Climate Matters

Hurricane Harvey Resources

Climate Matters Meteorologists,


With Hurricane Harvey bearing down on the Texas coast, we wanted to remind you of some resources to help put this dangerous storm in a broader climate context. Harvey is likely to stall out, raising the specter of catastrophic inland flooding. That’s the meteorological side. But climate change is also likely playing a role in the form of heavier precipitation and higher storm surge.


In a warming world, all storms can produce more rain, as higher temperatures lead to more evaporation and more water available for precipitation. For every degree Fahrenheit increase in temperature, there is a 4 percent increase in the saturation level of the atmosphere. And as the sea level rises, coastal storm surge will move farther inland. In the last century, there have been about 7 inches of global sea level rise, mostly attributable to human-induced warming. That can be the difference between water soaking the floor and getting into its electrical outlets.


The specifics of the storm surge forecast as Harvey nears the shoreline will vary from place to place depending on the local coastal geography, but as a reference point, we have enclosed an animating image of how 6 feet of storm surge would appear at high tide in Corpus Christi. This is on the lower end of the current surge forecast from the National Hurricane Center.


storm surge gif (may take a bit to load)



Below are direct links to graphics from our archive to help with a broader discussion of the hurricane. Just click on the link and use the dropdown menu to find the information specific to your market:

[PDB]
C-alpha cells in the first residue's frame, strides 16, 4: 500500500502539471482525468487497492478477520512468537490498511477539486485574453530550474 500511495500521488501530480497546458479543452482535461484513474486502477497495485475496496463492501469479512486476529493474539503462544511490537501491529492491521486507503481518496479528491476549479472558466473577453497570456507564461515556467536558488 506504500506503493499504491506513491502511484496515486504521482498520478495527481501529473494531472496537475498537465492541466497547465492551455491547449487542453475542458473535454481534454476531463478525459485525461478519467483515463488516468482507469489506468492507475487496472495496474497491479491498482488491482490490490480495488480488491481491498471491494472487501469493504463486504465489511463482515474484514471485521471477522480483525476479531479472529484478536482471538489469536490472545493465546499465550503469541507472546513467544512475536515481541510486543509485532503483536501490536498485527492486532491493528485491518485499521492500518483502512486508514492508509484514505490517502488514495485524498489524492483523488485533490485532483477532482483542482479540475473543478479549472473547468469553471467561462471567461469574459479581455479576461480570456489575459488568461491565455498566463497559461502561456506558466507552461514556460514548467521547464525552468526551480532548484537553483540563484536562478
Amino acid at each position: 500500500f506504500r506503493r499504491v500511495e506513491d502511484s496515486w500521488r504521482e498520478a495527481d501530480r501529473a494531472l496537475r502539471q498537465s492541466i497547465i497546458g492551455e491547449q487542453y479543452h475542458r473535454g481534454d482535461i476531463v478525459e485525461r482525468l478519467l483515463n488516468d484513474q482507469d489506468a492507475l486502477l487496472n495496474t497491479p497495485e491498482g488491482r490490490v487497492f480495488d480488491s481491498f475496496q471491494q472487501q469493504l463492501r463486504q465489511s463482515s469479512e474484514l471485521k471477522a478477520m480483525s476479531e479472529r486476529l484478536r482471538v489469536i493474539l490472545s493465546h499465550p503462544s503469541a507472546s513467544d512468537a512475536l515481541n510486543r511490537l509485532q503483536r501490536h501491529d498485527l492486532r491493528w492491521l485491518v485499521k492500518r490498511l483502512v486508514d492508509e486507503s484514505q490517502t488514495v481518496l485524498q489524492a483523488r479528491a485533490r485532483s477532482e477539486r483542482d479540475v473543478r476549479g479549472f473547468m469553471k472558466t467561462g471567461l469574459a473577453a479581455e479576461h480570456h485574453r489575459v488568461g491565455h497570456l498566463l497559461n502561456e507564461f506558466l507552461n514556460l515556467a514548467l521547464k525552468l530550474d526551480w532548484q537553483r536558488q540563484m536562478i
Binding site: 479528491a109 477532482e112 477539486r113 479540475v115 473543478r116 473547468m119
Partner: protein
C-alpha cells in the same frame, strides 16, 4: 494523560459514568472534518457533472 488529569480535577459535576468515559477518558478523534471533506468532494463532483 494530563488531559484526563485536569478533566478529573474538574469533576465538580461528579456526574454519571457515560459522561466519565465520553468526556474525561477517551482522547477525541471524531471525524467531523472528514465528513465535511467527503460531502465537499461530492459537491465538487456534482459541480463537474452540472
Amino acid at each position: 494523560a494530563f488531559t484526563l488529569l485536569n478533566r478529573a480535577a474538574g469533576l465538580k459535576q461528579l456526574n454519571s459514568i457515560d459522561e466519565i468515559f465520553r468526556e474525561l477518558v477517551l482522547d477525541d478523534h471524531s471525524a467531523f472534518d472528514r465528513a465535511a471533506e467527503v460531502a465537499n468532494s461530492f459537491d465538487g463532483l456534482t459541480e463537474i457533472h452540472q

Statewide trends in heavy precipitation

Heavy rain and sewage overflows, which serves as a reminder to stay out of floodwaters

Trends in coastal buoy water temperatures

Rapid increase the frequency of coastal flooding in last two decades

Examine what 10 feet of sea level rise would look like along the Texas coast


Visit our Surging Seas interactive to view how storm surge and sea level rise can affect coastal communities across the country. Enter your city or zip code at the upper right of the interactive.


You can also find sea surface temperature maps for the Gulf of Mexico at NOAA/NESDIS, which indicate Gulf of Mexico water temperatures are generally 1°-3°F degrees above normal.


We also wanted to let those of you in Texas know that we are hoping you and yours remain safe during this storm. Thank you for helping keep people safe.



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